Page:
Queens Park lies between the City of Westminster and the London Borough of Brent. Developed in the late 19th century, the park was named after Queen Victoria after she attended The Royal Agricultural Show held in the park - hence the name The Queens Park.
The northern half of Queens Park was developed by Solomon Barnett, who developed much of Kilburn. The two-storey terraced houses east of the park, developed between 1895 and 1900, typically have clean lines, classical lines. Those west of the park, developed between 1900 and 1905, tend to be more Gothic in style. Barnett's wife was from the West Country, and many of the roads he developed are named either for places she knew ( eg Torbay, Tiverton, Honiton) or popular poets of the time (Tennyson).
The park itself opened in 1887 and is run by the Corporation of London and now contains a highly popular café, tennis courts, pitch & putt golf course, playground with children swimming pool and a small petting zoo – which is why this area is hugely popular with families. It provides a place for locals to come and relax, to listen to music events, run, unwind in the nature area and exercise.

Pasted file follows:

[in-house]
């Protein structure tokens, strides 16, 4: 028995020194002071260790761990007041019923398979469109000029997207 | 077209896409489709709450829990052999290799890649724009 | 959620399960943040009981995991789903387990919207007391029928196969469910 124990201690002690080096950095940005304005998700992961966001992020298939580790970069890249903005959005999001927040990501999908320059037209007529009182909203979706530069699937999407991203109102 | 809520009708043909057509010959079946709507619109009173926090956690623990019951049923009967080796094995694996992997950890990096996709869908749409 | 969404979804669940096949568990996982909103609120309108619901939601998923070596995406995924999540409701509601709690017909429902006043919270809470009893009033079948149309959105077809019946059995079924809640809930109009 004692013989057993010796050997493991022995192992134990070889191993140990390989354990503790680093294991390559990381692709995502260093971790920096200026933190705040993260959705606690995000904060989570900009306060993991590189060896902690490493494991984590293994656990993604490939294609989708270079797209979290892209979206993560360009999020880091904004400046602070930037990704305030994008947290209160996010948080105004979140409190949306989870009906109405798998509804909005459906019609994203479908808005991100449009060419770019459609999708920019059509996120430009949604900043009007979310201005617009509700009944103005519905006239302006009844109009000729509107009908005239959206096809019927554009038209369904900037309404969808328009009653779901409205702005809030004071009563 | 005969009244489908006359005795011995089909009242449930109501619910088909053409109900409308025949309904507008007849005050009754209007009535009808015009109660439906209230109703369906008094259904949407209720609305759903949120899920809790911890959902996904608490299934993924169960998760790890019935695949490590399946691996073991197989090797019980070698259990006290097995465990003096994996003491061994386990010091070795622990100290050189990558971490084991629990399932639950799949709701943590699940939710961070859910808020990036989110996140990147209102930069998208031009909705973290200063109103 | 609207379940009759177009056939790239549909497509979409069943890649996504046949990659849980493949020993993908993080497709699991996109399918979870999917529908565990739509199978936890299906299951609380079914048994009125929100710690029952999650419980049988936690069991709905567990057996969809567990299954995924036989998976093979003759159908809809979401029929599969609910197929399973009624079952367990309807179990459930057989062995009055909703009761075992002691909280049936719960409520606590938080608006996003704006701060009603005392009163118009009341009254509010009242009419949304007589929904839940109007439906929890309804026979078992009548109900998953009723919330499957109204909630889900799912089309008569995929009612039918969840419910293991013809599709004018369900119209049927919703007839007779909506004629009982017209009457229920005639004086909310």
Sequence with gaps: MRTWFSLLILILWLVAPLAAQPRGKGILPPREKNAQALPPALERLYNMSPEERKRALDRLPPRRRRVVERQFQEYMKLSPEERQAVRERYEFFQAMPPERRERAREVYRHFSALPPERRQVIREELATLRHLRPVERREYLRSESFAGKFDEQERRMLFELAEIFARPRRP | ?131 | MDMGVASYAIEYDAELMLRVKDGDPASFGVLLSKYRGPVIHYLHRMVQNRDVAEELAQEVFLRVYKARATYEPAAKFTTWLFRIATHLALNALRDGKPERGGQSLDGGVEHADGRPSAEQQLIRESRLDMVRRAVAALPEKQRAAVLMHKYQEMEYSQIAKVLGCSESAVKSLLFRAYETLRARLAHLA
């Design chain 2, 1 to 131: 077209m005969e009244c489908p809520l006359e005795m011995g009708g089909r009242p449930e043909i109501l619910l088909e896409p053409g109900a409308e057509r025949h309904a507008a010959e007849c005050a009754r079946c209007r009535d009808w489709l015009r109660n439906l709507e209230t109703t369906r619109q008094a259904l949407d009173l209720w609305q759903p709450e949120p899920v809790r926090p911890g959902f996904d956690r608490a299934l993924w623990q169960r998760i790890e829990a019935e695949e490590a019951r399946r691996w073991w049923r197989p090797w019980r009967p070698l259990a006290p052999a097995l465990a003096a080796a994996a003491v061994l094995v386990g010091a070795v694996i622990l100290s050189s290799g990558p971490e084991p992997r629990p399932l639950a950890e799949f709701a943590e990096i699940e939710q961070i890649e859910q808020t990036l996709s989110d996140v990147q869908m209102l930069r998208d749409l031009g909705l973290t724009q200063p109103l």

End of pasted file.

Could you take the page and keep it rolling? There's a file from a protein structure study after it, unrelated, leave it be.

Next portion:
The cosmopolitan Salusbury Road boasts many shops, eateries and recreational facilities, including a Sunday farmers market. Similarly, local amenities are in abundance on the Kilburn High Road which is a short walk. A range of primary and secondary, state and private schools can be found in the locale. The area is served by numerous bus and rail links, including (Zone 2) Bakerloo, Jubilee and Overground lines, providing easy access to Central London. Westfield and Brent Cross shopping centres are a short car drive away. With its flourishing young and vibrant community, and village-like atmosphere, Queens Park is fast becoming one of the most desirable addresses in North West London.
Queens Park is a Conservation Area offering late Victorian and Edwardian houses. Large semi-detached, terraced houses and converted flats dominate this area. As the area has regenerated over the years, Queens Park has seen an influx of families and media types, considerably boosting property prices. The Salusbury Road Primary School and the Queens Park Community School offering excellent local schooling for both primary and senior schools – all within easy walking distance for the local residents.
In September, the Queens Park Residents Association hosts the annual Queens Park Day, which sees the local community coming together to enjoy a day out in the park. The local Lexi cinema has started Screen in the park for those long summer evenings.
Old Oak Common Lane, Willesden, London, NW10
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